Getting that A in college can be tough, but it’s definitely possible.

Who better to give you advice on getting a good grade than the people who give them out for a living? Here’s what professors from all over the country had to say about acing their classes:

### 1. Follow the syllabus.

Think of your professor’s syllabus as a carefully crafted cheat sheet to getting an A in the class. If you stick to the readings, know when your tests and projects are and do the homework, you should be right on track.

Cory Jorgensen, an assistant professor of Arabic at George Washington University, says paying attention to the syllabus in any class, especially a language class, is a must.

“To get an A in my class, students need to pay close attention to the syllabus, complete nearly all assignments on time, and consistently complete the recommended amount of homework,” Jorgensen writes to USA TODAY College.

### 2. Participate, participate, participate.

If you are actively participating in class it shows your professor that you know your stuff, and it keeps you engaged in the class material — two important factors to getting an A in the class.

For Bruno S. Sergi, a professor of political economy at Harvard University, students who participated in his class were more likely to do well on his midterm and final exams.

Sergi writes to USA TODAY College that “about the mid- and final-term written exams, the majority of them were able to earn the good score due to active ‘learning’ participation in class, which is the plus, imperative component for a college student for earning the coveted A.”

### 3. Build a relationship with your professor.

This not only key for getting an A, but for finding success in life *after* college, as well. Professors can certainly help guide you through their classes, but they can also provide recommendations and research opportunities. This stands true with Adjunct Professor of Journalism Stewart Powell of George Washington University,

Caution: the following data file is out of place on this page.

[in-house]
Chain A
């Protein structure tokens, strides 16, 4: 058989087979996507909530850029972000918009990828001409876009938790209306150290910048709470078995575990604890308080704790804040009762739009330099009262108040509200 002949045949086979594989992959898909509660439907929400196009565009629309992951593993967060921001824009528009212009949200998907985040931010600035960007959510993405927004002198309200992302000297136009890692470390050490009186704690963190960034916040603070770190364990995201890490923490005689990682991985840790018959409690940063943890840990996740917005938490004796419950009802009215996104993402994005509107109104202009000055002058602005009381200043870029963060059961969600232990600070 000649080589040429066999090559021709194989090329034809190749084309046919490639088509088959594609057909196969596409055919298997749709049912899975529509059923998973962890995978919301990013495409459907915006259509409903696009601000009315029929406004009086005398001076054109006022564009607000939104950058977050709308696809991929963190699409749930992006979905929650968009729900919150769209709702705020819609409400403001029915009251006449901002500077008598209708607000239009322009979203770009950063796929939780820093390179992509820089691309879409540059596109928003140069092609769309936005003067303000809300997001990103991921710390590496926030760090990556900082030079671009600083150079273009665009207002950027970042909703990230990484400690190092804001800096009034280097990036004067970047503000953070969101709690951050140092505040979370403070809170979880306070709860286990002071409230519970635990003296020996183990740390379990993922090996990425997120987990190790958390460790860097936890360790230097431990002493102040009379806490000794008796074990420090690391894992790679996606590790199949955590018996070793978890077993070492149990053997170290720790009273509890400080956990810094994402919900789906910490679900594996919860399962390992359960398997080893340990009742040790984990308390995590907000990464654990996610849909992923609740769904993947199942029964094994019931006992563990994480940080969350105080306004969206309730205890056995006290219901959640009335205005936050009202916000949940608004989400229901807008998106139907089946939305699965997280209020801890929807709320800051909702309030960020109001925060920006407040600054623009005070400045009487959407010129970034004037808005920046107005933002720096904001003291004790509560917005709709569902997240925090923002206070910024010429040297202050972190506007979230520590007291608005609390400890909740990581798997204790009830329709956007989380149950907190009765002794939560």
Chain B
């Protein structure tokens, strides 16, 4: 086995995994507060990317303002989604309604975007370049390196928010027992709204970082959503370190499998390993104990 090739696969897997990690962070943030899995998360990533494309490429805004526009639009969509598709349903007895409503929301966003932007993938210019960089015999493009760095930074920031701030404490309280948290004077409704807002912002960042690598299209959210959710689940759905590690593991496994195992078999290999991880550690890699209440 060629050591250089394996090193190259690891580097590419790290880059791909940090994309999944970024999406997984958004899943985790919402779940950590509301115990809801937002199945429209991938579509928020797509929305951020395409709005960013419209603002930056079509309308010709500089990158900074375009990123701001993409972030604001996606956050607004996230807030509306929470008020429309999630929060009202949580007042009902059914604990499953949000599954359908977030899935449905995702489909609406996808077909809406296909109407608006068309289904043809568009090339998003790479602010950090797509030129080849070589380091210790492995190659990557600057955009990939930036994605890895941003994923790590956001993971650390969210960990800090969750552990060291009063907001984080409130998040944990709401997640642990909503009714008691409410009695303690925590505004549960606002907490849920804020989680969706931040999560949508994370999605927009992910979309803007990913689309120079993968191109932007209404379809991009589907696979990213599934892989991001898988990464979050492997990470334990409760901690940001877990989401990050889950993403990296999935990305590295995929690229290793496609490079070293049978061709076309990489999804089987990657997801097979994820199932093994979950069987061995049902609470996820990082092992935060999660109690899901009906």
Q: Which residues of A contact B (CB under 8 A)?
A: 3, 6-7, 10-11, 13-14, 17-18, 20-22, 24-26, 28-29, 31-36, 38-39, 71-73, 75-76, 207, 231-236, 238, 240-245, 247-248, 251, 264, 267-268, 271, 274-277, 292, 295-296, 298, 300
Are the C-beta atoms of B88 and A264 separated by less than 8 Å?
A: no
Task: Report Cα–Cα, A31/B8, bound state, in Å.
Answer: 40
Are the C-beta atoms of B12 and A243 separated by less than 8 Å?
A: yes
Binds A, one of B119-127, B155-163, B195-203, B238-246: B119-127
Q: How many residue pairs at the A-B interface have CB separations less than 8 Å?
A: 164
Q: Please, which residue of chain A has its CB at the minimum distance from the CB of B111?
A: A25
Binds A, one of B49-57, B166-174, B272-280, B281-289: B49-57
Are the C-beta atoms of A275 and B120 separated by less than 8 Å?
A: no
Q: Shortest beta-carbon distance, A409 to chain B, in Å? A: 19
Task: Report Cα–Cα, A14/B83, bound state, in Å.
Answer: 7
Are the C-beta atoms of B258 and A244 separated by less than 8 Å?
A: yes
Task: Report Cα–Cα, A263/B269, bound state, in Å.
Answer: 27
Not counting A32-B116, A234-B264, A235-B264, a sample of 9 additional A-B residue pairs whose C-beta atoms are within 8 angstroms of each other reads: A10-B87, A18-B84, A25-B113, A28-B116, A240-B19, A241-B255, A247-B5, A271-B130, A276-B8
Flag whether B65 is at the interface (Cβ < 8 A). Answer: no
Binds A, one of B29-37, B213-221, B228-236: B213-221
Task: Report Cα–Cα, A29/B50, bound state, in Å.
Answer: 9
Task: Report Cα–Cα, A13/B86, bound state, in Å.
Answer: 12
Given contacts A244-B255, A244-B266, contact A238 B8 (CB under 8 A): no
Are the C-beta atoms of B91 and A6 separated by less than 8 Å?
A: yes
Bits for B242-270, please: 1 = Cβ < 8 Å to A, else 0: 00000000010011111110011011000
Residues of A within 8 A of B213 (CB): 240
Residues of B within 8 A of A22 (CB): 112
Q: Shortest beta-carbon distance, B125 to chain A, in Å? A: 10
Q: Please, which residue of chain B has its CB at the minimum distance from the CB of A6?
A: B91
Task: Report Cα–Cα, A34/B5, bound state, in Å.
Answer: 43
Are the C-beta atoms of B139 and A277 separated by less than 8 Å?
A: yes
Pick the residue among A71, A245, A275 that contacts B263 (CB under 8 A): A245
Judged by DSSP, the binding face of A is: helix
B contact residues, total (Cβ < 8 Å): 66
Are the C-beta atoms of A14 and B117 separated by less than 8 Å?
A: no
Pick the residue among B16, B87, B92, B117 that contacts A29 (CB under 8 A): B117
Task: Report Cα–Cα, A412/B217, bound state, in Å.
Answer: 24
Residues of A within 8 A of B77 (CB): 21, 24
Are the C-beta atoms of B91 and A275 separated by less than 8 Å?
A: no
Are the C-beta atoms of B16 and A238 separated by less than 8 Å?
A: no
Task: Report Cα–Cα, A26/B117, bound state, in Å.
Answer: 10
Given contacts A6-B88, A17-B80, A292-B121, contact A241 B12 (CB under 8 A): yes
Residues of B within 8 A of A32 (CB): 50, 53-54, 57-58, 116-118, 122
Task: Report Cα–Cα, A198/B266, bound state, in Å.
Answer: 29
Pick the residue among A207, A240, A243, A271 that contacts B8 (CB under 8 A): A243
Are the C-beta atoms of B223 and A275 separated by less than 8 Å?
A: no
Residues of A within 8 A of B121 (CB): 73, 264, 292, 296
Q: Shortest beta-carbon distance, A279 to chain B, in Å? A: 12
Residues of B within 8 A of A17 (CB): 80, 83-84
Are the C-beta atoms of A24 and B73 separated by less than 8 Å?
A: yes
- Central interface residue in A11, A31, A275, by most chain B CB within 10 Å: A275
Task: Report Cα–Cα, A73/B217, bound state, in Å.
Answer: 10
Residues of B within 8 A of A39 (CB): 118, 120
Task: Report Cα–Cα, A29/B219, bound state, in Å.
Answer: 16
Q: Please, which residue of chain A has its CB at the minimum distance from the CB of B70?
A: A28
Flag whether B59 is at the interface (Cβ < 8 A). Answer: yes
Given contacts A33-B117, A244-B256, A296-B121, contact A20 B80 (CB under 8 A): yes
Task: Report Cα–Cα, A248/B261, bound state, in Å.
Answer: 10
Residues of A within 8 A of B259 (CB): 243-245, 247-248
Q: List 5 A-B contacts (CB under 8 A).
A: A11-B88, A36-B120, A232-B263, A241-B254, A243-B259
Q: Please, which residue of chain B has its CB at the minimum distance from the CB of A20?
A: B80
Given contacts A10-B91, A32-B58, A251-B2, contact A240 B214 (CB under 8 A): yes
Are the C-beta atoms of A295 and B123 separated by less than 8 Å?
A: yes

Powell tells USA TODAY College that “I always encourage students to develop a personal relationship with their professor — a relationship that can not only help them improve their [assignments] in the course but also open the way for subsequent recommendations and internships.”

### 4. Take your time on the papers.

This one is kind of a no-brainer. If you want to do well in anything in life you need to take the time to do it right.

Sergi says this means turning in “quality papers with interesting propositions that [go] well beyond descriptive analysis.” He also notes that students who use their personal experiences in their papers tend to get a better grade.

### 5. Show an eagerness to learn.

Sure, sometimes you have to sit through a two-hour stats lecture just to graduate from college as a well-rounded student. But showing interest in a class and actually trying to make the most of it will go a long way in your professors’ eyes.

Powell agrees that, in his class, “successful students demonstrate an eagerness to learn the skills needed for journalism. They seek out their professor’s input to improve their [assignments].”

*Kellie Bancalari is a student at George Washington University and a USA TODAY College digital producer.*

*This story originally appeared on the USA TODAY College blog, a news source produced for college students by student journalists. The blog closed in September of 2017.*

All throughout school, math was my least favorite subject. I could never understand the complex equations or processes to ace the tests. It took time to really figure out some study techniques I needed to really ace the subject. Here are some tips and tricks I used to study and ace my math classes.

**Do ALL The Practice Problems**

Any math hater is going to avoid the practice problems section like the plague. However, that’s the best way to get the most practice. As much as you’ll hate doing it, do all the practice problems in the book as many times as you can.

If there’s extra problems, do them. Most people who suck at math (like me) won’t take the time to get the practice they need. Just like people who play sports, you’ll need to practice to get any better.

After reading the textbook and learning the material in class, go through and finish any practice problems. You’ll be surprised at how much little effort will go a long way.